LEGO Therapy For Autism!
It sure sounds like something trendy, doesn’t it?
What child doesn’t like LEGO? So why not market LEGO to parents of children with Autism?
But, would you be surprised if I told you that this type of therapy does exist?
And there have been studies done to support this type of therapy!
Take a Look at the Following Research:
- “LEGO therapy and the social use of language programme: an evaluation of two social skills interventions for children with high functioning autism and Asperger Syndrome”
- “Long-term outcome of social skills intervention based on interactive LEGO play“.
The second study was done by Daniel LeGoff (is it a coincidence his last name has the word LEGO in it?) and M. Sherman.
Daniel LeGoff is the original founder of LEGO therapy.
If you want to see LEGO therapy in action with Daniel LeGoff, check out the documentary A LEGO Brickumentary (my kids LOVED it!).
You can take a look at the trailer below.
Unfortunately the part about LEGO therapy for Autism is not featured in the trailer.
What Is LEGO Therapy For Autism?
LEGO Therapy falls into the larger group known as Play Therapy.
And as I mentioned above, many studies have been done that demonstrate the effectiveness of using LEGO as a therapy tool to enhance language, play and social skills for children with Autism.
One of the reasons that children with Autism (or those who are on the Autism Spectrum) gravitate to LEGO is because these blocks offer a routine and repetitive form of play.
Children with ASD (Autism Spectrum Disorders) thrive on routine and structure.
Another great thing about LEGO is that the child does not need to know how to read in order to follow the instructions that come with a LEGO set.
Children can look at the pictures to determine which piece goes where.
Now let’s look at what a LEGO therapy class entails (this is based on the class from the documentary, however, my research on this topic has shown that this is the general consensus for most LEGO therapy classes).
Depending on the needs of the children, each therapy class can be tweaked, however the overall plan is pretty much the same.
Each Therapy Session Is Led By a Therapist/Instructor and Typically the Following Will Occur:
Instructor Reviews The Rules
Each week, the rules of the group are reviewed and revised as necessary.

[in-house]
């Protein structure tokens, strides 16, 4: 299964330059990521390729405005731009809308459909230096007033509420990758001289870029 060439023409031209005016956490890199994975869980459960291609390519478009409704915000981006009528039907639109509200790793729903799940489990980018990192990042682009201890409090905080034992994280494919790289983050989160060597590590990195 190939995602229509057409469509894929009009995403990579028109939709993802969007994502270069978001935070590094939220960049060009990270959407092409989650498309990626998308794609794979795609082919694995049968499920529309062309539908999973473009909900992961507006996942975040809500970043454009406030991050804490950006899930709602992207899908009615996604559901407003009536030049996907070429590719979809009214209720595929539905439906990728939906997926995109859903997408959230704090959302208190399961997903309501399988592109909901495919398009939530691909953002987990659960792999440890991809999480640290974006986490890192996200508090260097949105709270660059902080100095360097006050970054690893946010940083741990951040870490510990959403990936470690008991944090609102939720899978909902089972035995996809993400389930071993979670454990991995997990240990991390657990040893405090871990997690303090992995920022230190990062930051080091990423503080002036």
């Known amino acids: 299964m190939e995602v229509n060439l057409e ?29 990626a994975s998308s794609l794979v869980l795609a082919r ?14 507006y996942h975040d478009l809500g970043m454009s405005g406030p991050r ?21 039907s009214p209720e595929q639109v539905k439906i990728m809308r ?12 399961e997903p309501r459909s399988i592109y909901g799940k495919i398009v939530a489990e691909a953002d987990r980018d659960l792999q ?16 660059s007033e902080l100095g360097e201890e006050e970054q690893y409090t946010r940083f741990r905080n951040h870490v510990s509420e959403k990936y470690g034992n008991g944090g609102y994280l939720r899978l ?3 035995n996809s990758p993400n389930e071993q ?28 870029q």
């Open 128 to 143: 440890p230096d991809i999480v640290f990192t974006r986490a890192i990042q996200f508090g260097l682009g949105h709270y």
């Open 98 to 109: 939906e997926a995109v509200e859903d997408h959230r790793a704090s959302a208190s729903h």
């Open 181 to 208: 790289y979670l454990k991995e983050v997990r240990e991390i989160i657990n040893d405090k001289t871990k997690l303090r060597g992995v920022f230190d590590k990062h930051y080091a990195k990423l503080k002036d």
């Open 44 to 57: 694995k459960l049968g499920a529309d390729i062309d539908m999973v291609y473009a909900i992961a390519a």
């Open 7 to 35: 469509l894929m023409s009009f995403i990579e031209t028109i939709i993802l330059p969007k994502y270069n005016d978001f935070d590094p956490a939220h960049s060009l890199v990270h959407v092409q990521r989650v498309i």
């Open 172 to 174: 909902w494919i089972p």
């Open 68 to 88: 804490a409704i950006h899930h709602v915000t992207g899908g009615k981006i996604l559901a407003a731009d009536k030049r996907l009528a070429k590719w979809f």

The rules will depend on the age and level of functioning of the children.
At this time, a LEGO project (or projects) is also chosen. This is something that the group must agree on.
Roles Are Assigned
Each child is given a role. The roles usually change throughout the class so that each child gets a turn preforming each role.
Typical roles can include:
- Director – makes sure everyone is working together as a team and that nobody is left out.
- Engineer – makes sure that everyone is working towards the same goal (e.g. building a boat).
- Builder – puts the bricks together.
- Supplier – provides the builder with the bricks needed for a particular project. The supplier is also responsible for making sure the correct brick type and color have been selected.
If there are only 2 children per group, then the roles would be that of engineer and builder, where the builder also takes on the role of supplier.
With 3 children, the roles would be engineer, supplier and builder.
Groups of 2-3 children are common in LEGO therapy.
Let The Building Begin
Once the rules have been reviewed and the roles have been assigned, the building can begin!
The therapist will walk around and help children come up with solutions to their problems.
If the children are unaware of a problem, the therapist often will point it out.
The children are encouraged to problem solve on their own as much as possible.
Many children will require practicing a solution to a problem many times before they will use that solution on their own in future situations to similar problems.
What Are The Goals Of LEGO Therapy?
The goals generally are social in nature as this is one of the biggest areas of struggle for children with ASD.
LEGO Therapy encourages children to initiate social contact with peers.
It also helps improve a child’s ability to interact with a peer for a given amount of time.
Some other goals include (these are also goals of general play therapy):
- Joint attention
- Turn taking/sharing
- Non-verbal (and verbal) communication
- Problem solving
Who Is LEGO Therapy Not For?
This type of class is not recommended for children with additional diagnoses of behavior disorders such as ADHD or ODD (Oppositional Defiant Disorder).
However, if the child has ASD and/or an anxiety disorder, LEGO Therapy would still be appropriate.
The reason for this being is that the main goal of Lego therapy for children with Autism is to work on social skills and increase spontaneous communication (both verbal and non verbal).
If one child has a behavior disorder for example, her inability to regulate her behavior may take away from the learning of the other students.
But, if all of the children had behavior disorders (not necessarily with Autism), then Lego therapy might still be helpful as a therapy tool.
What Do You Think About LEGO Therapy For Autism?
This type of therapy can probably be beneficial for many children, not just those with ASD.
If you think your child could benefit from a LEGO class, look into LEGO clubs in your area.
If your child is on the Autism Spectrum, talk to one of his/her therapists to see if LEGO therapy is an option in your area.
To learn more about LEGO Therapy, check out the book by Daniel LeGoff LEGO®-Based Therapy: How to build social competence through LEGO®-based Clubs for children with autism and related conditions.
Have you heard of LEGO Therapy for Autism before? What do you think about this type of therapy? Please share your thoughts in the comments below.